Brazil Both Customer/Competitor of U.S. Ethanol
Brazil, the world’s second largest ethanol producer after the United States, plays a large role in U.S. ethanol markets. Not only is Brazil one of the nation’s customers, it is also a competitor and a supplier. Brazilian ethanol is derived from sugar, which is desirable because it is categorized as an advanced biofuel under the renewable fuel standard. Through July of this year, the United States exported 770 million gallons of ethanol, with 40 percent of it going to Brazil. Of the 24 million gallons of ethanol imported into the United States, nearly all originated in Brazil. During this period, the Brazilian government took measures to lower fuel prices, causing sugar mills to switch from producing ethanol to sugar, because of higher returns. The resulting ethanol shortage has been filled by expanding imports from the United States. In response, the Brazilian government announced the imposition of a 20-percent duty on U.S. ethanol imports above the tariff rate quota of 160 million gallons (less than 4 months of shipments at current export levels). This will sharply reduce the competitiveness of U.S. corn-starch ethanol in Brazil and significantly reduce U.S. exports. Brazil is also implementing a new energy policy, called RenovaBio, which will increase ethanol production and consumption as part of greenhouse gas reduction commitments made under the 2015 Paris Climate Conference.
Ag Community Funding Barbed Wire Fencing Relief
Thousands of miles of barbed wire fence was destroyed in Montana this past summer due to one of the worst wildfire seasons on record. With millions of acres burned, Ag Community Relief has established the “Western Wire Roundup” in effort to help western ranchers rebuild.
Having already sent twelve loads of hay to the region, Ag Community Relief will be collecting donations over the next few months to send a full semi-tractor trailer load of Sheffield barbed wire fence (560 rolls), that meets or exceeds ASTM Class 1 standards, to the farmers and ranchers affected by the wildfires. Stockmen’s Feed Bunk, a ranch supply company based in Boise City, OK, sold fencing supplies to the ranchers of Texas, Oklahoma, and Kansas at cost after spring wildfires destroyed over a million acres in those three states. They have agreed to do this again for the ranchers of the Northern Rockies. For information on how to sponsor a roll of wire for $50 or to make a monetary donation towards this project, visit https://www.agcommunityrelief.com/product-page/barbed-wire-roll-donation.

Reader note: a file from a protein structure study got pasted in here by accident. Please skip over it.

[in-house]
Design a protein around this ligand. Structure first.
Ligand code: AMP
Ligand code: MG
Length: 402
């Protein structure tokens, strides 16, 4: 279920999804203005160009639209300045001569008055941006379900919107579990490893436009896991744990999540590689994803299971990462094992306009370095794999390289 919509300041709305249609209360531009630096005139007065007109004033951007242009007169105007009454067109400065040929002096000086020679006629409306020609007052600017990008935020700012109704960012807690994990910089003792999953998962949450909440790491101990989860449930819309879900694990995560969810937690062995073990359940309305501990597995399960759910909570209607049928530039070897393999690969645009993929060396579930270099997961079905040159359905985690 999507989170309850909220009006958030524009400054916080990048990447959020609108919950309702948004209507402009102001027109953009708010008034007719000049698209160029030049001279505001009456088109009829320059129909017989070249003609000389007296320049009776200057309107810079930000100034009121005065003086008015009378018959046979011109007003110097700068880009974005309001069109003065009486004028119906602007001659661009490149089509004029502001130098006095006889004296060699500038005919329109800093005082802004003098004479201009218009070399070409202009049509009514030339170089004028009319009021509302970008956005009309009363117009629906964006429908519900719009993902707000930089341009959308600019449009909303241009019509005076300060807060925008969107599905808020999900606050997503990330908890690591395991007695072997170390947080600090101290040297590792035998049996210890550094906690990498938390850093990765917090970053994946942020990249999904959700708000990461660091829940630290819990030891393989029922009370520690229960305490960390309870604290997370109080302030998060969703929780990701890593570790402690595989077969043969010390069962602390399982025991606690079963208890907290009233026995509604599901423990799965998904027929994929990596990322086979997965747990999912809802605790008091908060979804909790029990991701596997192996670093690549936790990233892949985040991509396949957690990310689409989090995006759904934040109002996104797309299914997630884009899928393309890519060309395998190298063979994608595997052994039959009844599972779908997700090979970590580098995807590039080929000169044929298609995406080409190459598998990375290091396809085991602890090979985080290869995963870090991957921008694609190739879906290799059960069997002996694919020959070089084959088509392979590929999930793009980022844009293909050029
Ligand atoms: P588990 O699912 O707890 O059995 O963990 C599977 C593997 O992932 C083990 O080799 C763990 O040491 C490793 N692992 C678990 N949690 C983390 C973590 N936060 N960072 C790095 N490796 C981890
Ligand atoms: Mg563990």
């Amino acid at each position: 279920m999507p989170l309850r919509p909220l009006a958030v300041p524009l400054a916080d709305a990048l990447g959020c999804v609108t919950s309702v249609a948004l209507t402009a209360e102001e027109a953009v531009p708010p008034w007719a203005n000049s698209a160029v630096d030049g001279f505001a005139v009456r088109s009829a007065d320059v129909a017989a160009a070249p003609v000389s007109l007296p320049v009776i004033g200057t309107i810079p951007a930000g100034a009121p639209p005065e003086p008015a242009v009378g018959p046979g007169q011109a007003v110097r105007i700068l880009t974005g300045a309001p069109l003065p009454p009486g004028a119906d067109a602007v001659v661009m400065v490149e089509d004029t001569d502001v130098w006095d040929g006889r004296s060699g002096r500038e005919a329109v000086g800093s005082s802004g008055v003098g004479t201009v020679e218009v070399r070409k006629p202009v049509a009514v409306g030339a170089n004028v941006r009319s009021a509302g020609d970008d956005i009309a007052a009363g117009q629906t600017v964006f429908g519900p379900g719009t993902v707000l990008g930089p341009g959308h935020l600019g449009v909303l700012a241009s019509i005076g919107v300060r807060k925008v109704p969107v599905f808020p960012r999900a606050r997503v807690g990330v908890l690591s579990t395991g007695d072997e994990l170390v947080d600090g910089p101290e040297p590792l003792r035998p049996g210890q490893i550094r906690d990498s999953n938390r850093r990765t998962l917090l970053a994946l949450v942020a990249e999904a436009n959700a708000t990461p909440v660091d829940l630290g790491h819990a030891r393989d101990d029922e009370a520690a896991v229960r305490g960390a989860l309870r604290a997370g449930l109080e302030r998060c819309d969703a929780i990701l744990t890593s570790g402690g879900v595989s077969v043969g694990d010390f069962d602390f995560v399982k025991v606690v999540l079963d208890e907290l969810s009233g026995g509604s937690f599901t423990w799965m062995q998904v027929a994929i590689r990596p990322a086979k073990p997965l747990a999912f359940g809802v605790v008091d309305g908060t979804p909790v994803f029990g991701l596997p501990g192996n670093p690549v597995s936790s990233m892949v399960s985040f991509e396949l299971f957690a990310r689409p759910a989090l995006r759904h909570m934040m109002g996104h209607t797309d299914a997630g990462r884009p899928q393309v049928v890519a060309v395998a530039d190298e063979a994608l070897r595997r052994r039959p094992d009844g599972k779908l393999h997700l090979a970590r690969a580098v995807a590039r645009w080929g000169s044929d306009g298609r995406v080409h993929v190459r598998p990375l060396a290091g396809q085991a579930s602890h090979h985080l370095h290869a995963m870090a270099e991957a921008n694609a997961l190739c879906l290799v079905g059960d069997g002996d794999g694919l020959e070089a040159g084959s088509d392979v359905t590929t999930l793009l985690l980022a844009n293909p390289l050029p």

House Ag Committee Listens to NY Producers
The House Agriculture Committee Chairman Mike Conaway (TX-R), Ranking Member Collin Peterson (MN-D) and members of the committee hosted a farm bill listening session, “Conversations in the Field,” at SUNY Cobleskill in Cobleskill, New York. This listening session follows sessions earlier this year in Minnesota, Florida, Texas, California and Illinois.
“I appreciated hearing from the good people of New York as we dive head first into writing the farm bill. From dairy to specialty crops to our nutrition assistance programs, we received a lot of feedback that we’ll use to inform the draft of our bill,” said Chairman Conaway.
“This final listening session allowed those in the Northeast to share with the committee their thoughts on what the next farm bill should look like. I appreciated everyone taking the time to join us, not just today but at the previous listening sessions as well. I look forward to taking this information back to Washington and beginning our work on a new bill,” said Ranking Member Peterson.
Senate Hears About Farm Bill REAP Benefits
Mark Olinyk, President of Harvest Energy Solutions, testified in favor of the Rural Energy for America Program (REAP) in the 2018 Farm Bill before the Senate Committee on Agriculture, Nutrition and Forestry yesterday. Olinyk – whose Jackson, Michigan-based company designs, sells, and installs solar panels for its agricultural and rural customers – stated that much of his business’s success and growth was due to REAP’s inclusion in the 2014 Farm Bill. “REAP has been a component of nearly a quarter of our business,” Olinyk said in Committee. “Not only is it critical to our bottom line, REAP allows our clients to save electricity, save money, achieve greater efficiencies, and make their operations more stable, less risky, and more profitable.”
REAP grants and loans are available to assist farmers and rural business owners invest in renewable energy systems or to make energy efficient improvements. Beyond this, Olinyk explained, the program helps to grow the clean and efficient energy industry and “create jobs across rural America.” The reauthorization bill will have to pass out of Committee before being voted on by the full Senate, and then the House.